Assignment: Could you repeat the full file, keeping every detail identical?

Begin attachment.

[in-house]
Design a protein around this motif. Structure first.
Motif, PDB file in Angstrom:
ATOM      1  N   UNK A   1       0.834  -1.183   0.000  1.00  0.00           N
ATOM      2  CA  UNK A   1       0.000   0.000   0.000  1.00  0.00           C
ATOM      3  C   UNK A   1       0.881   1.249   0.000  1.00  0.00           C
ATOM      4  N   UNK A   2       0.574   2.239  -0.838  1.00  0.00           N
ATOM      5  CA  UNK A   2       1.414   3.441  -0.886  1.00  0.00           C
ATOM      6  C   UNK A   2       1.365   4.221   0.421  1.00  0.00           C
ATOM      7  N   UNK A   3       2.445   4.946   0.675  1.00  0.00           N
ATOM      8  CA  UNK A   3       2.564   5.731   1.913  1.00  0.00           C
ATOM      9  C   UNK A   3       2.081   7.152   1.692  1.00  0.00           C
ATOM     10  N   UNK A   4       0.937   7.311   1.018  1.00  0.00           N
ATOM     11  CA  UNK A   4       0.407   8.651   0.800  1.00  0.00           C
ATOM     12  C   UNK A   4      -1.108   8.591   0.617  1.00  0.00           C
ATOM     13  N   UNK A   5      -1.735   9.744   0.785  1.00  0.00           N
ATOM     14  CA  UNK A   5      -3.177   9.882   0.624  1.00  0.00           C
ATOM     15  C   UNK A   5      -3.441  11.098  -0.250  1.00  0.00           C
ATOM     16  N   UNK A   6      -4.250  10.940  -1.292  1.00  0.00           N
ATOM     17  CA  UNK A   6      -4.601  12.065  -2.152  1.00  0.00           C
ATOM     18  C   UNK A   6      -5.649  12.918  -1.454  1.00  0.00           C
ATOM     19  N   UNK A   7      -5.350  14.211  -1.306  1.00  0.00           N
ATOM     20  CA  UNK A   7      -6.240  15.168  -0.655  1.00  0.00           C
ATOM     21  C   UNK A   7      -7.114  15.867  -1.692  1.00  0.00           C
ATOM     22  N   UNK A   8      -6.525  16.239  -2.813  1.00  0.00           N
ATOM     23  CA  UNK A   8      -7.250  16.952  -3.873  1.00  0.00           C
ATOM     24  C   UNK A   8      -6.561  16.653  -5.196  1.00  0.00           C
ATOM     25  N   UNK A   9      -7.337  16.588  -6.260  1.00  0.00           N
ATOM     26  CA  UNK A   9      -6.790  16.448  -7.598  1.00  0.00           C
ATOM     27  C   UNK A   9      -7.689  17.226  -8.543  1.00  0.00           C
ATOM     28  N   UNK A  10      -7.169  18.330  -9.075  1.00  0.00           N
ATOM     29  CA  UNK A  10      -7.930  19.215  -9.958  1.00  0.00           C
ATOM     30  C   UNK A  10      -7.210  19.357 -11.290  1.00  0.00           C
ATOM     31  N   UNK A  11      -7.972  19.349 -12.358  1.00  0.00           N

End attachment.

[in-house]
Design a protein around this motif. Structure first.
Motif, PDB file in Angstrom:
ATOM      1  N   UNK A   1       0.834  -1.183   0.000  1.00  0.00           N
ATOM      2  CA  UNK A   1       0.000   0.000   0.000  1.00  0.00           C
ATOM      3  C   UNK A   1       0.881   1.249   0.000  1.00  0.00           C
ATOM      4  N   UNK A   2       0.574   2.239  -0.838  1.00  0.00           N
ATOM      5  CA  UNK A   2       1.414   3.441  -0.886  1.00  0.00           C
ATOM      6  C   UNK A   2       1.365   4.221   0.421  1.00  0.00           C
ATOM      7  N   UNK A   3       2.445   4.946   0.675  1.00  0.00           N
ATOM      8  CA  UNK A   3       2.564   5.731   1.913  1.00  0.00           C
ATOM      9  C   UNK A   3       2.081   7.152   1.692  1.00  0.00           C
ATOM     10  N   UNK A   4       0.937   7.311   1.018  1.00  0.00           N
ATOM     11  CA  UNK A   4       0.407   8.651   0.800  1.00  0.00           C
ATOM     12  C   UNK A   4      -1.108   8.591   0.617  1.00  0.00           C
ATOM     13  N   UNK A   5      -1.735   9.744   0.785  1.00  0.00           N
ATOM     14  CA  UNK A   5      -3.177   9.882   0.624  1.00  0.00           C
ATOM     15  C   UNK A   5      -3.441  11.098  -0.250  1.00  0.00           C
ATOM     16  N   UNK A   6      -4.250  10.940  -1.292  1.00  0.00           N
ATOM     17  CA  UNK A   6      -4.601  12.065  -2.152  1.00  0.00           C
ATOM     18  C   UNK A   6      -5.649  12.918  -1.454  1.00  0.00           C
ATOM     19  N   UNK A   7      -5.350  14.211  -1.306  1.00  0.00           N
ATOM     20  CA  UNK A   7      -6.240  15.168  -0.655  1.00  0.00           C
ATOM     21  C   UNK A   7      -7.114  15.867  -1.692  1.00  0.00           C
ATOM     22  N   UNK A   8      -6.525  16.239  -2.813  1.00  0.00           N
ATOM     23  CA  UNK A   8      -7.250  16.952  -3.873  1.00  0.00           C
ATOM     24  C   UNK A   8      -6.561  16.653  -5.196  1.00  0.00           C
ATOM     25  N   UNK A   9      -7.337  16.588  -6.260  1.00  0.00           N
ATOM     26  CA  UNK A   9      -6.790  16.448  -7.598  1.00  0.00           C
ATOM     27  C   UNK A   9      -7.689  17.226  -8.543  1.00  0.00           C
ATOM     28  N   UNK A  10      -7.169  18.330  -9.075  1.00  0.00           N
ATOM     29  CA  UNK A  10      -7.930  19.215  -9.958  1.00  0.00           C
ATOM     30  C   UNK A  10      -7.210  19.357 -11.290  1.00  0.00           C
ATOM     31  N   UNK A  11      -7.972  19.349 -12.358  1.00  0.00           N